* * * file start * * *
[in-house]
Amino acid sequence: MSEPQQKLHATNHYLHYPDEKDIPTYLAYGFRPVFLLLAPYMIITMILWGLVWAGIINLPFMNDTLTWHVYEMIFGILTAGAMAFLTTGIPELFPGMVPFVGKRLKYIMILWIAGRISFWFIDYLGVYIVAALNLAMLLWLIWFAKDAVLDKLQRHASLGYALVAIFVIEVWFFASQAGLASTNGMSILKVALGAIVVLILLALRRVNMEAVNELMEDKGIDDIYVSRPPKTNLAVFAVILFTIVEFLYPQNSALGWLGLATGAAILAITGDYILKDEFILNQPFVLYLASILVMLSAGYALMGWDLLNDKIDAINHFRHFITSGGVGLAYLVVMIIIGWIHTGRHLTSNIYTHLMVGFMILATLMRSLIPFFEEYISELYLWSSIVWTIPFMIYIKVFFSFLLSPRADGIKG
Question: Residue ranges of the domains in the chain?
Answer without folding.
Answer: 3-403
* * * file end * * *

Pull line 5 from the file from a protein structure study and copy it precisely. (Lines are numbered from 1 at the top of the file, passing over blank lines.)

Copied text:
Answer: 3-403